Danish lawmakers to visit Australia's controversial migrant camp

Australia-bound migrants from Sri Lanka stranded off Indonesia after their boat breaks down on June 12, 2016.
Australia-bound migrants from Sri Lanka stranded off Indonesia after their boat breaks down on June 12, 2016.PHOTO: AFP

COPENHAGEN (AFP) - Danish lawmakers will travel to the Pacific island of Nauru to visit a controversial Australian immigration centre and study the use of offshore settlements for asylum-seekers, one of the MPs said Tuesday (Aug 23).

Six members of the Danish parliament's Immigration and Integration Affairs Committee will leave on Saturday for Australia and Nauru, Johanne Schmidt-Nielsen of the leftist Red-Green Alliance told AFP, confirming reports in Danish media.

Schmidt-Nielsen said that although she found the Australian system "grotesque", the trip - planned for several months - was a chance for her to "ask some of the questions that the Australian government is preventing journalists from asking."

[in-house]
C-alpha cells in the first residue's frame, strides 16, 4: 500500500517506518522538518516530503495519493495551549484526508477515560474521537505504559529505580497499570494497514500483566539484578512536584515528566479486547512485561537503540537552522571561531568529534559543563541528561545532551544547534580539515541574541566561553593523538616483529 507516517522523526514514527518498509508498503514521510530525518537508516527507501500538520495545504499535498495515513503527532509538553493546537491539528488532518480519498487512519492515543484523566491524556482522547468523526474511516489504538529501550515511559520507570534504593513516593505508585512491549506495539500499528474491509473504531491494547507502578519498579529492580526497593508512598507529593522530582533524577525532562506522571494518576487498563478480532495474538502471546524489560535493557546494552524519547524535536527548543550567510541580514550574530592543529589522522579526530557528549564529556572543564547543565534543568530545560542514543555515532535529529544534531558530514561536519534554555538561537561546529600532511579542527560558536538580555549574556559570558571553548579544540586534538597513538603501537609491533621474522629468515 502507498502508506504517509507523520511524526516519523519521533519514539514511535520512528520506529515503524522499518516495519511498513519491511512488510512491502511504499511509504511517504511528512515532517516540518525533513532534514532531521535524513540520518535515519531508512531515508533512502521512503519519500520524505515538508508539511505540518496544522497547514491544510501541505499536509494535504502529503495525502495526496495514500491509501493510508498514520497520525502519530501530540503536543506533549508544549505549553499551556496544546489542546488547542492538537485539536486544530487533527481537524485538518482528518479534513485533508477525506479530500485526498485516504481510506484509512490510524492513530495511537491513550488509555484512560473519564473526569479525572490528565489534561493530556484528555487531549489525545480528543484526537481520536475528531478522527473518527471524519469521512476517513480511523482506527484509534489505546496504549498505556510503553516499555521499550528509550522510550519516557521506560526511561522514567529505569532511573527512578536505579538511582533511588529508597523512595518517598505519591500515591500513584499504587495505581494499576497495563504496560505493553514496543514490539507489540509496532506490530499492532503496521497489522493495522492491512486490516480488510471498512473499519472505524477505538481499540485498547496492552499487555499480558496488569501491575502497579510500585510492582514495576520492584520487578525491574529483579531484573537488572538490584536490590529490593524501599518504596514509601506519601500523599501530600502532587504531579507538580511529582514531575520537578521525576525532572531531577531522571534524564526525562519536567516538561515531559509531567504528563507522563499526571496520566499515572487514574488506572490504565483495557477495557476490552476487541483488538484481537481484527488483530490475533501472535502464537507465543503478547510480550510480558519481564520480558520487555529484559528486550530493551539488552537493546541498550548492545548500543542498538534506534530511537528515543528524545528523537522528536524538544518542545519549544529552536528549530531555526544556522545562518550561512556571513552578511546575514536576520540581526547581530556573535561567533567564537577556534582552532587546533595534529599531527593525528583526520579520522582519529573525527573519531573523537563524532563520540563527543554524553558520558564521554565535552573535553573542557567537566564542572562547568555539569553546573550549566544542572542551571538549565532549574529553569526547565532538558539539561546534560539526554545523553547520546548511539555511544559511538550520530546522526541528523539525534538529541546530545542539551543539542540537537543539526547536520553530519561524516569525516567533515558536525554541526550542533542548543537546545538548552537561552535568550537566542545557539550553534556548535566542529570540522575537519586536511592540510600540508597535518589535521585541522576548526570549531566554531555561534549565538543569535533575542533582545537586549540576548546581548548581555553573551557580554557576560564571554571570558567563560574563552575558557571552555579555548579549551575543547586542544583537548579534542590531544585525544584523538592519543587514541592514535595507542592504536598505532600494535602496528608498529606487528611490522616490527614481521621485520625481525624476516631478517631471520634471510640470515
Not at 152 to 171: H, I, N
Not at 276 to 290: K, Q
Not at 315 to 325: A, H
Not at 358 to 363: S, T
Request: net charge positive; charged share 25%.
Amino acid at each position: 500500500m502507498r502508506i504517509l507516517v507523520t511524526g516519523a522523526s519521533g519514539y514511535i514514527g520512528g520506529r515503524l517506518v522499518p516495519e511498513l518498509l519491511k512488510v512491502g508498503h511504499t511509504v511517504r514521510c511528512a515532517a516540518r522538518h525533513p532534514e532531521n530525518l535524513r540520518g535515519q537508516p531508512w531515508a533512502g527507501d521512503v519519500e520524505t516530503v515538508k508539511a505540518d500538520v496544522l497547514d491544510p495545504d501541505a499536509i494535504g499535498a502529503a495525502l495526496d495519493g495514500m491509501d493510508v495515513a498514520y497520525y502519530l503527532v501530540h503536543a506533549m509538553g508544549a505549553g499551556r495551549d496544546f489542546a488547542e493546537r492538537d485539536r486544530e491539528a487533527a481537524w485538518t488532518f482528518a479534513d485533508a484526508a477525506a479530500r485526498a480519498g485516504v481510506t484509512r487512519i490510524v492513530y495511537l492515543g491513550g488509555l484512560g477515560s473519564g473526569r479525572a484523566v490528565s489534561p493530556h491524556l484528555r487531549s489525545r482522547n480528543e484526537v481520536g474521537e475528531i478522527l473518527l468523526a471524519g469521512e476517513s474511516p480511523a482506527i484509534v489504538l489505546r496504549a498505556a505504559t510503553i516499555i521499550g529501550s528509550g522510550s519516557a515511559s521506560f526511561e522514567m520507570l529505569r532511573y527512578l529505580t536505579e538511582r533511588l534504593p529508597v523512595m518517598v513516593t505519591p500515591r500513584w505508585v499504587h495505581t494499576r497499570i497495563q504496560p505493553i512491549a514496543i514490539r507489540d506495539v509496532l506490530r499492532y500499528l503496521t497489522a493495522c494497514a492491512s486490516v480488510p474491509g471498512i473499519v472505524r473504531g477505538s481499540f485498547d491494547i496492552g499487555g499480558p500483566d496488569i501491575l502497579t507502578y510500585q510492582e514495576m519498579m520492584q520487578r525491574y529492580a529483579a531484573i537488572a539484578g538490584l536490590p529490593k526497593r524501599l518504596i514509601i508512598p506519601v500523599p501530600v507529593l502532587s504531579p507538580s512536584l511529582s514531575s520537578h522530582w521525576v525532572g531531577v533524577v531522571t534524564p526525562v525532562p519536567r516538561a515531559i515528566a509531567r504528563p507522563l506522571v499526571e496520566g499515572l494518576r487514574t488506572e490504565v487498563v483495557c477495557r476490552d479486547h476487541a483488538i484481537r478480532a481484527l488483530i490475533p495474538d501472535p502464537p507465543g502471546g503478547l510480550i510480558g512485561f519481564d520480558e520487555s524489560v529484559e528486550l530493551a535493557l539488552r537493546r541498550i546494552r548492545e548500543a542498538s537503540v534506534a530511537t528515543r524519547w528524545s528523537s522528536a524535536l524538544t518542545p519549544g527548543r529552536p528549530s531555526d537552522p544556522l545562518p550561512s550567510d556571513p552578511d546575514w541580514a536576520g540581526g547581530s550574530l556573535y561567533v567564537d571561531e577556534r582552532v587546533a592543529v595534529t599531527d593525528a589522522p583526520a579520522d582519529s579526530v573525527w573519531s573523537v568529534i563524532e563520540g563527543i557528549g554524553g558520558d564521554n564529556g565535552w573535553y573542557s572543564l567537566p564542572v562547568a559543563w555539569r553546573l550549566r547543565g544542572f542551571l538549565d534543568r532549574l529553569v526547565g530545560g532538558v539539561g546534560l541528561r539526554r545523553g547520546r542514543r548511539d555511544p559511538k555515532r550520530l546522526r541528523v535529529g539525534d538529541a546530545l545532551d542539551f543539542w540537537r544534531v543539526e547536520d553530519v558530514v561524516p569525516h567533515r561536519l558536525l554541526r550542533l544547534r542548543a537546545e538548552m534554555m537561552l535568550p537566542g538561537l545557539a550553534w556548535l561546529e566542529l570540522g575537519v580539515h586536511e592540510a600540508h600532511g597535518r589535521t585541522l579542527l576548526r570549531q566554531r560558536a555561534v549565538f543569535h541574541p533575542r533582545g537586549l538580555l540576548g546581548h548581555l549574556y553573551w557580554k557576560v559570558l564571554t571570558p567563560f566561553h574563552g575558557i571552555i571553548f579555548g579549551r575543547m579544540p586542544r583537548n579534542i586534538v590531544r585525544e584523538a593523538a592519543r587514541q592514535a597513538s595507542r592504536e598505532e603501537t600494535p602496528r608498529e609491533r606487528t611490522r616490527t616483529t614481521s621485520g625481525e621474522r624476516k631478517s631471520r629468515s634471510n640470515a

The release of more than 2,000 leaked reports of incidents on Nauru detailing allegations of widespread abuse and self-harm, including children wanting to kill themselves, have renewed calls for a parliamentary inquiry in Australia.

But the Nauruan government said last week that asylum-seekers had made up most of the claims in hope of being relocated to Australia.

Under Canberra's immigration policy, asylum-seekers who try to reach Australia by boat are turned back or sent to detention centres in other countries, Nauru and Papua New Guinea.

The chairman of the Danish parliamentary committee, Martin Henriksen of the anti-immigration Danish People's Party (DPP), has previously described the Australian policy as being "very sensible".

The ruling Venstre party's hardline integration minister, Inger Stojberg, is not on the committee, but has said that the Australian system "apparently works in an Australian context" and that her government would "continually consider... experiences from other countries."

The Australian government said on Aug 17 that it had agreed to close the Papua New Guinea camp.

The Guardian, which published the Nauru reports, said that only two Australian journalists had been granted access to the Nauru detention centre in the past three years.

The Danish government rules with the help of the anti-immigration DPP in parliament and has passed tough legislation to deter migrants from coming to the country, including allowing police to confiscate some of the asylum seekers' valuables to help pay for their accommodation.